How the world’s oceans are running out of fish
A tuna transport floating tank being towed from the fishing grounds off Libya to tuna ranches off Sicily, Italy. Photograph: AFP/Gavin Newman
The future of our seas has never been more precarious. Ninety years of
industrial-scale overfishing has brought us to the brink of an
ecological catastrophe and deprived millions of their livelihoods. As
scientific guidelines are ignored and catches become ever bigger.
Is there anyone not aware that wild fish are in deep trouble? That
three-quarters of commercially caught species are over-exploited or
exploited to their maximum? Industrial fishing is
so inefficient that a third of the catch, some 32 million tonnes a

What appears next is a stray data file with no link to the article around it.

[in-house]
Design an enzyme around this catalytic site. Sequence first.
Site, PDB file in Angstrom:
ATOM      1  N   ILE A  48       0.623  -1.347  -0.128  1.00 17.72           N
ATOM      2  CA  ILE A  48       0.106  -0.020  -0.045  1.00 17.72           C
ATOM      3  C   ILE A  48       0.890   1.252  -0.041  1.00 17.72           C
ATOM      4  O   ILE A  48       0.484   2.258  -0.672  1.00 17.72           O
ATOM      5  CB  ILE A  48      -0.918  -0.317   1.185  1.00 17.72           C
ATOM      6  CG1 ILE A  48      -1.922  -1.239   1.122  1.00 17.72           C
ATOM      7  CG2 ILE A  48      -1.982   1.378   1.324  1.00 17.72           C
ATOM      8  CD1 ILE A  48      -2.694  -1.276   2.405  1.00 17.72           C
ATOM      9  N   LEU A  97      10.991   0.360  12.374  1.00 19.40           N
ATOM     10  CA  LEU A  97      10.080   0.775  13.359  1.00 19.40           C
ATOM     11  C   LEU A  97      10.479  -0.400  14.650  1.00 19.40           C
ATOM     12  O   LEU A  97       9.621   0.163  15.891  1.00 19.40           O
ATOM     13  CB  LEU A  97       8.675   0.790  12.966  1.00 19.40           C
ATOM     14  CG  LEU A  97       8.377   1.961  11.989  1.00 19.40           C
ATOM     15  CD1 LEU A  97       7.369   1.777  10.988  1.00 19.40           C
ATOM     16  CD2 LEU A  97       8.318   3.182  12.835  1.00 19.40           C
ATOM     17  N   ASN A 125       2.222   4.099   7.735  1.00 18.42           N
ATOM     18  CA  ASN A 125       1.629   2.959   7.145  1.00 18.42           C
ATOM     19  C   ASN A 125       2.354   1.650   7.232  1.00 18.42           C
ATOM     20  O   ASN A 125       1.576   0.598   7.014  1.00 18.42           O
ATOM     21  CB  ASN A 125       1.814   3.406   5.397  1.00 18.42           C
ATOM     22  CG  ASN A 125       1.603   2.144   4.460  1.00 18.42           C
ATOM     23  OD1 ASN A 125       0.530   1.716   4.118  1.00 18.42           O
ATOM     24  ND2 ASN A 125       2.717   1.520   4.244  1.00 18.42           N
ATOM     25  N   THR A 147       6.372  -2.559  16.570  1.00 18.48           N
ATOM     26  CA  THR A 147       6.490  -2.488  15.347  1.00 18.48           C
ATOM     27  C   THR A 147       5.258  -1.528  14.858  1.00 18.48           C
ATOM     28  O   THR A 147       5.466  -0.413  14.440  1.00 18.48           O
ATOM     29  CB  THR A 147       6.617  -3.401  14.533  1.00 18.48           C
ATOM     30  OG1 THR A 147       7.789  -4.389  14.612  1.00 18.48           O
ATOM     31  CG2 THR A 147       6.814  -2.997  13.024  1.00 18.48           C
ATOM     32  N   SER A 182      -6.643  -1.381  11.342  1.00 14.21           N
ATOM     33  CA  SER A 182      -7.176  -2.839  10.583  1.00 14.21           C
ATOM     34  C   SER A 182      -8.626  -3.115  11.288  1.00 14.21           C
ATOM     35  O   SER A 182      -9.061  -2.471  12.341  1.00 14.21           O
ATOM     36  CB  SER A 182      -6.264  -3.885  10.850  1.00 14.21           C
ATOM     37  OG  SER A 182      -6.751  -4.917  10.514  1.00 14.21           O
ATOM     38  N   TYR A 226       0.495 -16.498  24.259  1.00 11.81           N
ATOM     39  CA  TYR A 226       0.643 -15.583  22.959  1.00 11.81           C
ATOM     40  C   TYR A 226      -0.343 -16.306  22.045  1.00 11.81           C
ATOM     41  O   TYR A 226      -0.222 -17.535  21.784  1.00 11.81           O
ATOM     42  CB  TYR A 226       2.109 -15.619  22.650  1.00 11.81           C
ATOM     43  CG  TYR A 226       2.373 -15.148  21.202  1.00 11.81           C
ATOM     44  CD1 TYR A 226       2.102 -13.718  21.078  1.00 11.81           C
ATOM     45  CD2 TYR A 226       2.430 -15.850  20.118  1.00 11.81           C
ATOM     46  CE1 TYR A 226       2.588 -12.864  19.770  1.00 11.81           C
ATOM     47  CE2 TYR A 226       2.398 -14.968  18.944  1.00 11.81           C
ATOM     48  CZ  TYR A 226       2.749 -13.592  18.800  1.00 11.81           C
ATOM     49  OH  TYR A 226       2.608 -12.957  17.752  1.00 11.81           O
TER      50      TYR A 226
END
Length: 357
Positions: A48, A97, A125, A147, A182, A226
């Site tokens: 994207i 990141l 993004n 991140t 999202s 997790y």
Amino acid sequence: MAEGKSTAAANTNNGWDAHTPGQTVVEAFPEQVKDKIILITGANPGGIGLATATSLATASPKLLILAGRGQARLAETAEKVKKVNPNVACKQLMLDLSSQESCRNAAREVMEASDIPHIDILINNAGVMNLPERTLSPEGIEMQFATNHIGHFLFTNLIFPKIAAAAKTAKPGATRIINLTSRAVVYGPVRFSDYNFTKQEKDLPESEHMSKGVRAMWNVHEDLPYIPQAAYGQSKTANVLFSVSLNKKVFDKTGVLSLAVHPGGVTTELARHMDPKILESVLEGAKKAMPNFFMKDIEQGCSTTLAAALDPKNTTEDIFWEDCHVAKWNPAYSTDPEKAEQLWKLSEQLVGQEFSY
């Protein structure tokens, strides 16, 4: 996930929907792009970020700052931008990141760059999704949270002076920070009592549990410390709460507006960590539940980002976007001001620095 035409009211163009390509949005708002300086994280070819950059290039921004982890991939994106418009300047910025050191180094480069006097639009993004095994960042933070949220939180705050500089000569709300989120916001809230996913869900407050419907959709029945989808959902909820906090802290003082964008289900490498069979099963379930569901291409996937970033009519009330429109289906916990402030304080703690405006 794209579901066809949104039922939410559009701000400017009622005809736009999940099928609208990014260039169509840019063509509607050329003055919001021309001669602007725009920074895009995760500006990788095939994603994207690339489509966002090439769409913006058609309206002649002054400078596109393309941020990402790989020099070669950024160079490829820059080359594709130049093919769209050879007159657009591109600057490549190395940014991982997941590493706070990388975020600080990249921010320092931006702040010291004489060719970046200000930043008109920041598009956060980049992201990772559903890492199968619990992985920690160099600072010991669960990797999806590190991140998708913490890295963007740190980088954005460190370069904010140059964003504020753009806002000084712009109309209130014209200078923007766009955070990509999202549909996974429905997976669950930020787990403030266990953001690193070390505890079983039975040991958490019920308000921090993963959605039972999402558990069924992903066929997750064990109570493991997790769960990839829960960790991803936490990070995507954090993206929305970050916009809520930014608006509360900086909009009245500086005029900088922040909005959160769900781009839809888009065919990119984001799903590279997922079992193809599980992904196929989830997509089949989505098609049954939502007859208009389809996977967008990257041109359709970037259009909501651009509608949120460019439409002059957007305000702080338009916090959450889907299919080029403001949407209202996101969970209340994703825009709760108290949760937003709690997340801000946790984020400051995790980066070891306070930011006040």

year, is thrown away. For every ocean prawn you eat, fish weighing
10-20 times as much have been thrown overboard.
These figures all come
from the United Nations Food and Agriculture Organization (FAO), which
also claims that, of all the world’s natural resources, fish are being
depleted the fastest. With even the most abundant commercial species,
we eat smaller and smaller amounts of fish every year, basically, we eat the babies before
they can breed.
North Atlantic fish stocks have been in decline for well
over a century.Unlike global warming, the science of fish stock
collapse is old and its practitioners have been pretty much in
agreement since the 1950s.
The Newfoundland cod fishery, for 500 years
the world’s greatest, was exhausted and closed in 1992, and there’s
still no evidence of any return of the fish. Once stocks dip below a
certain critical level, the scientists believe, they can never recover
because the entire ecosystem has changed.
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